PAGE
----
The Great Debate
Today, the amount of cannabis products available to consumers is staggering. Broadly speaking, these products generally fall into two categories, flower and concentrates. Flower is the natural state of the cannabis plant, exactly as nature intended it to be. Concentrates are extracts of the cannabis plant, produced in a variety of different methods to yield different consistencies and ratios of beneficial compounds. If you want to learn more about basic forms of extraction, check out our blog post: Cannabis Concentrates: A Deep Dive Into the World of Extraction.
Within the cannabis industry, there are several different categories in which products are classified in order to provide the consumer with an idea about what compounds are in a product outside of just THC or CBD. Broadly speaking, you will find concentrate (or concentrate based products) labeled as whole-plant, full-spectrum, broad-spectrum extracts, and isolates. Unfortunately in the cannabis community, there is no clearly defined consensus on what any of these terms mean, and that is where the great debate in the industry lies. The goal of this blog is to look at why these terms are important and to clearly define what each one means based on a variety of sources.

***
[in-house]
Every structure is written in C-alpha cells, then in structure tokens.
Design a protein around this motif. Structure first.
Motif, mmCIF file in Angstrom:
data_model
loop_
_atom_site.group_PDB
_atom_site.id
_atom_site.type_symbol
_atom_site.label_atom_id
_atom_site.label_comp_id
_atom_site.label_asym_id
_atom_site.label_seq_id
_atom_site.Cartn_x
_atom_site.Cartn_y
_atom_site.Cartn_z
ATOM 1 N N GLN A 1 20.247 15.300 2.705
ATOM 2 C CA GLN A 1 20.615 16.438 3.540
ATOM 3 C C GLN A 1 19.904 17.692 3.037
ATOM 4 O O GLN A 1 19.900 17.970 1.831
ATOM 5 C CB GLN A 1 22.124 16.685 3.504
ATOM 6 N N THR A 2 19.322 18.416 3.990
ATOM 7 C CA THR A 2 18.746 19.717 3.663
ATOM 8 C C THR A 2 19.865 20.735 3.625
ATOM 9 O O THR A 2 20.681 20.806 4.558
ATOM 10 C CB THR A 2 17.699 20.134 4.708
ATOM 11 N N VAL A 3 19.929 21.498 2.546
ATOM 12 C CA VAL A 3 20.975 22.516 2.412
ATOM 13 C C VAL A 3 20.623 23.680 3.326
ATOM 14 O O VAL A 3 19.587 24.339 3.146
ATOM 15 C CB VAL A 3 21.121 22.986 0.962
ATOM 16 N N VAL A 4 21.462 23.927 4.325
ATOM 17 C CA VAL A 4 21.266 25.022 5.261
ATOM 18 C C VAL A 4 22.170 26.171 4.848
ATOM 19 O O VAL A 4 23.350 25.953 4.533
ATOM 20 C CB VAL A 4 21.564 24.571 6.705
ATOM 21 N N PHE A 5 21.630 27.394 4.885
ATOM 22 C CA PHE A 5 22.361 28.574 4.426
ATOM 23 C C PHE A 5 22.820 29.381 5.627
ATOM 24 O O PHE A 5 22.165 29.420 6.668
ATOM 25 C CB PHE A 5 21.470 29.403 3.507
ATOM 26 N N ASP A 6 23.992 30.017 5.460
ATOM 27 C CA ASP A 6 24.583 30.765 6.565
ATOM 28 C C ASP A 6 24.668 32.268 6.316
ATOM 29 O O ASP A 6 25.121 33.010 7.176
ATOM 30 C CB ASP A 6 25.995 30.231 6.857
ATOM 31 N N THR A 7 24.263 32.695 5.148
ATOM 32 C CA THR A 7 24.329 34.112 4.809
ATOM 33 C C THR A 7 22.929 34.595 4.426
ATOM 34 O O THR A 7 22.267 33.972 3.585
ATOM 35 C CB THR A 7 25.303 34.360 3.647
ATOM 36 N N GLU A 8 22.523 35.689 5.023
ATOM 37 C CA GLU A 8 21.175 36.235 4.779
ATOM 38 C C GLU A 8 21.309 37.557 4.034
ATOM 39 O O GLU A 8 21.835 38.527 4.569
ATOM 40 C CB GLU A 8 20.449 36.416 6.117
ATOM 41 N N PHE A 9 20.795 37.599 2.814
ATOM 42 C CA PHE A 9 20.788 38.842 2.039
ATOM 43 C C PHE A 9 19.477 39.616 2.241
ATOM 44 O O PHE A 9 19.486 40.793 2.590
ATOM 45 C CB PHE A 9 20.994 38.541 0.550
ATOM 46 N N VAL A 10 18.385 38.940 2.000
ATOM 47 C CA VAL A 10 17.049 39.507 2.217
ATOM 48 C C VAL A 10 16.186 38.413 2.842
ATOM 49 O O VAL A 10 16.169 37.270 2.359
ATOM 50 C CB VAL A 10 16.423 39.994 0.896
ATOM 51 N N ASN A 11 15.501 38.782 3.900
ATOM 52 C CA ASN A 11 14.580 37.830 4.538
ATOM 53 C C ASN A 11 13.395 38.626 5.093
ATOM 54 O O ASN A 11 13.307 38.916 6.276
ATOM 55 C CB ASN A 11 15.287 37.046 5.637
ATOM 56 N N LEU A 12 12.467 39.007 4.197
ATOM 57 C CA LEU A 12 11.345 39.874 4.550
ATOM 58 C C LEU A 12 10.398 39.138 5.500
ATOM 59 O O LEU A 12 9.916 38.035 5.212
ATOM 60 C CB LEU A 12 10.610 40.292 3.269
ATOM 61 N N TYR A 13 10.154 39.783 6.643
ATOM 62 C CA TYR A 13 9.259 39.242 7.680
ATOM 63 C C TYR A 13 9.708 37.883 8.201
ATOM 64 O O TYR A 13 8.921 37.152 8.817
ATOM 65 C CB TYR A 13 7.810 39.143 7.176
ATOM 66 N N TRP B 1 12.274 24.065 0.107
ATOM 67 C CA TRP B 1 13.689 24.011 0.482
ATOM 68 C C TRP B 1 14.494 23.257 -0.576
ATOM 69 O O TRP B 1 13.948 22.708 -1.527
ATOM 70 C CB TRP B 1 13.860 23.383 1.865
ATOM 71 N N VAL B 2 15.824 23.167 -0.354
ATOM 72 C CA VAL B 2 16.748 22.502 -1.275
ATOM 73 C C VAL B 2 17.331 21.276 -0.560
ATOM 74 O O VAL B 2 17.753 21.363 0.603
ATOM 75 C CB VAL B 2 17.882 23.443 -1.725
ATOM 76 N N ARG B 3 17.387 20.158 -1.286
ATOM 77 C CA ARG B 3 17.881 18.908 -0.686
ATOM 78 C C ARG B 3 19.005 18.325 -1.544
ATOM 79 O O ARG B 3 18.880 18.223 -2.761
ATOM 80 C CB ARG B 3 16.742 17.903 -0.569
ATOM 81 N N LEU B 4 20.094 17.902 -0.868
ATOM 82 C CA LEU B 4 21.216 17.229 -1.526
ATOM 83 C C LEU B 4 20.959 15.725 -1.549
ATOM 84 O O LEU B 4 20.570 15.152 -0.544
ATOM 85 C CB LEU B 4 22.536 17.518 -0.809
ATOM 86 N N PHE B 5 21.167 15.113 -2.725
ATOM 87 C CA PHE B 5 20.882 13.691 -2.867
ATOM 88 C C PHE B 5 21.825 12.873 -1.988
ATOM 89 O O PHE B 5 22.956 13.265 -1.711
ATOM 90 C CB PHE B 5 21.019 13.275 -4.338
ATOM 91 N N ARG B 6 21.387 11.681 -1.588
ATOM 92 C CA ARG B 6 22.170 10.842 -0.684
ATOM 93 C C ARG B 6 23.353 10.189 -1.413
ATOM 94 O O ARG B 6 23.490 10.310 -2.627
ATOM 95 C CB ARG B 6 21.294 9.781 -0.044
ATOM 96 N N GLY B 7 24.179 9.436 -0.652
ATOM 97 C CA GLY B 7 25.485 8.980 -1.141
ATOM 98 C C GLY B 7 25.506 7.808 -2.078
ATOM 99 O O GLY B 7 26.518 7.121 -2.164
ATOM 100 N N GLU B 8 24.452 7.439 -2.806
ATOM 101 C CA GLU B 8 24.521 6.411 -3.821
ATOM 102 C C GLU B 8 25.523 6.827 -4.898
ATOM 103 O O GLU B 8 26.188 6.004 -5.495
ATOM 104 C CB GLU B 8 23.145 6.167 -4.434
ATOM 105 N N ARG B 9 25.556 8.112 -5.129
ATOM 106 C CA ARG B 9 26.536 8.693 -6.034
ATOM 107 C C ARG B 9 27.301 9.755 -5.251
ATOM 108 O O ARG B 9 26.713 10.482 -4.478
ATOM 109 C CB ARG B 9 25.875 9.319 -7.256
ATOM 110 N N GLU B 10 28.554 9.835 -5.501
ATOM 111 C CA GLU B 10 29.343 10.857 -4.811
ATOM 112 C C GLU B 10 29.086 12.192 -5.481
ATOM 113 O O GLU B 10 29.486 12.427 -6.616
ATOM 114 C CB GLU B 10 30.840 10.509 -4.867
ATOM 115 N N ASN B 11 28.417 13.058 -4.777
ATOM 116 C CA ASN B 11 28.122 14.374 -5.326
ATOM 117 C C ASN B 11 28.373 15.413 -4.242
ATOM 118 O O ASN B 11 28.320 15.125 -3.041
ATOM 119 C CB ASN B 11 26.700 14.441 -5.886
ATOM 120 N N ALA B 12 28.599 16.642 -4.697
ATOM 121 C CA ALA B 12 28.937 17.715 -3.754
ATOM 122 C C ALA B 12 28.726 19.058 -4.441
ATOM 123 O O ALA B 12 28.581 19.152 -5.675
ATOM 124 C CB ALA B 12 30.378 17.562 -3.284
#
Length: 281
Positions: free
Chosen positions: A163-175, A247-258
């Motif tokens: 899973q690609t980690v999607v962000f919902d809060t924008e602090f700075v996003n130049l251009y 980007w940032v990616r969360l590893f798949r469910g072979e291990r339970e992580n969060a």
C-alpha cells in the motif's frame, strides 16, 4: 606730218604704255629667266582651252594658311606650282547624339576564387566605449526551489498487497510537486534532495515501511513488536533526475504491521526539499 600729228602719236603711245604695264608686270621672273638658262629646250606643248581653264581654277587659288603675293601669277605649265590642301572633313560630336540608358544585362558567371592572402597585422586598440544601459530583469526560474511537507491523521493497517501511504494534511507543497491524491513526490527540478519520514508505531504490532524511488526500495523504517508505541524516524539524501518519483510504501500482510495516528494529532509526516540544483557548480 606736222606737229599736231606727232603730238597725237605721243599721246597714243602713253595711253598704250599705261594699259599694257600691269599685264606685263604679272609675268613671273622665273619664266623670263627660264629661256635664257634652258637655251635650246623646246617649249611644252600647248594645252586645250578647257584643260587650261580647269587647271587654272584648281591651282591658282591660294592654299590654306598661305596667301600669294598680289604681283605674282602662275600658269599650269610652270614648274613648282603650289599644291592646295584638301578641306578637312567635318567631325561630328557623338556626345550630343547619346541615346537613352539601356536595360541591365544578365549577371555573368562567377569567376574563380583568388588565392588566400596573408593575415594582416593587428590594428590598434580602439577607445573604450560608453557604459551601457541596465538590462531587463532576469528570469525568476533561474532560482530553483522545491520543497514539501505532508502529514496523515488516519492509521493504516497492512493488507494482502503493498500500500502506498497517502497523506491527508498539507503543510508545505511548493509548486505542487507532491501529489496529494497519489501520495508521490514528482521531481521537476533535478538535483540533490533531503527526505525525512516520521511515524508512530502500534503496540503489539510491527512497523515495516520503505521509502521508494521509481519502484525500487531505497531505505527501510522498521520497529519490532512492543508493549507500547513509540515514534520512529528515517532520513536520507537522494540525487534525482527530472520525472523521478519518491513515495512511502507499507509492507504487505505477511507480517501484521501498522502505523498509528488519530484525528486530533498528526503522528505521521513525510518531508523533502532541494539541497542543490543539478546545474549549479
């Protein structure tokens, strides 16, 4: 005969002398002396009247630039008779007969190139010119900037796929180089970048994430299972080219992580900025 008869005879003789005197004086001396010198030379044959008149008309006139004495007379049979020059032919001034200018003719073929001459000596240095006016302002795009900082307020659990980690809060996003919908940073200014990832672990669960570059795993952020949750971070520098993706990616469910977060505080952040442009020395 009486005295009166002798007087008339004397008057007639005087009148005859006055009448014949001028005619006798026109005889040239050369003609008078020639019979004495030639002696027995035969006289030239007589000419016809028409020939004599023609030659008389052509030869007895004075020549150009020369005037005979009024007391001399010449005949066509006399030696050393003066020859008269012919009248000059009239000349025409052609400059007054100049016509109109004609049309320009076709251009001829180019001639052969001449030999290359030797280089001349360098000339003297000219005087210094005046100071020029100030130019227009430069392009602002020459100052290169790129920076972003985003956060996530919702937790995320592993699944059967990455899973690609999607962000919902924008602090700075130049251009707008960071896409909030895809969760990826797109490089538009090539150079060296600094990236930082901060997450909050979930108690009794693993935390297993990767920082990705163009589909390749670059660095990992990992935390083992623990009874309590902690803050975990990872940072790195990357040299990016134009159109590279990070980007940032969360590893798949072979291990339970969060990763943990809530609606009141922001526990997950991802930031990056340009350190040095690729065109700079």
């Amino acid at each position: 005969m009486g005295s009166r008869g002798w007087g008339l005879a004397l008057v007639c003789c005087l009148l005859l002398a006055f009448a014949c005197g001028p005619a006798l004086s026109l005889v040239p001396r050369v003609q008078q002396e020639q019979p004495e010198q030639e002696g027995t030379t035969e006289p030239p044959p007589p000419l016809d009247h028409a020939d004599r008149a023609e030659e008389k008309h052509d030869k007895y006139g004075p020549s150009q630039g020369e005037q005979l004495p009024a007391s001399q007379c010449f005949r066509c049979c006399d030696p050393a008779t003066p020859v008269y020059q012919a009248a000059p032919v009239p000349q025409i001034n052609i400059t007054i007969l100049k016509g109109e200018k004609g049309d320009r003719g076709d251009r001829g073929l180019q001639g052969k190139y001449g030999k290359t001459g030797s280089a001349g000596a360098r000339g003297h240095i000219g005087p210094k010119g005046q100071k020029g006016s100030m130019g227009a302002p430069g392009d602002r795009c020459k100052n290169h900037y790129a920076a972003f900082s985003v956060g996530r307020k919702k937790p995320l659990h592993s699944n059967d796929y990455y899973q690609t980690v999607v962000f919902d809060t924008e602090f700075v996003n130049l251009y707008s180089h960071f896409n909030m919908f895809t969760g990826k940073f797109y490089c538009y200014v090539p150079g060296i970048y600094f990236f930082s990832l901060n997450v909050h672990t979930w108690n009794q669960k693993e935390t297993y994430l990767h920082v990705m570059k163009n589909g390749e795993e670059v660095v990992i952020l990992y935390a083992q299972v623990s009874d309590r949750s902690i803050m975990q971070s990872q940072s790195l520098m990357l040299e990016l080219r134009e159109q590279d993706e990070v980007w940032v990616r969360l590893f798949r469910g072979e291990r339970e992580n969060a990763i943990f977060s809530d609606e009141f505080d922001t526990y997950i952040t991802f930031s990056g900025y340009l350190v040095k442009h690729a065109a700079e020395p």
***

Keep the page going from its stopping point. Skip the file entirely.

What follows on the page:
Why You Should Care
Cannabis consumers often make their way into medical marijuana because they have tried conventional medications that did not work for them and found cannabis to be more effective. In the medical marijuana community, there is a strong preference for products that contain a wide variety of compounds found in the cannabis plant. Many patients find better relief using cannabis products that contain all of its natural active compounds, as opposed to using just THC or CBD. This may be surprising given the fact that THC and CBD are the compounds most studied, and the ones that “should be” delivering all the therapeutic effects. To understand this conundrum we need to look at what modern medicine can teach us.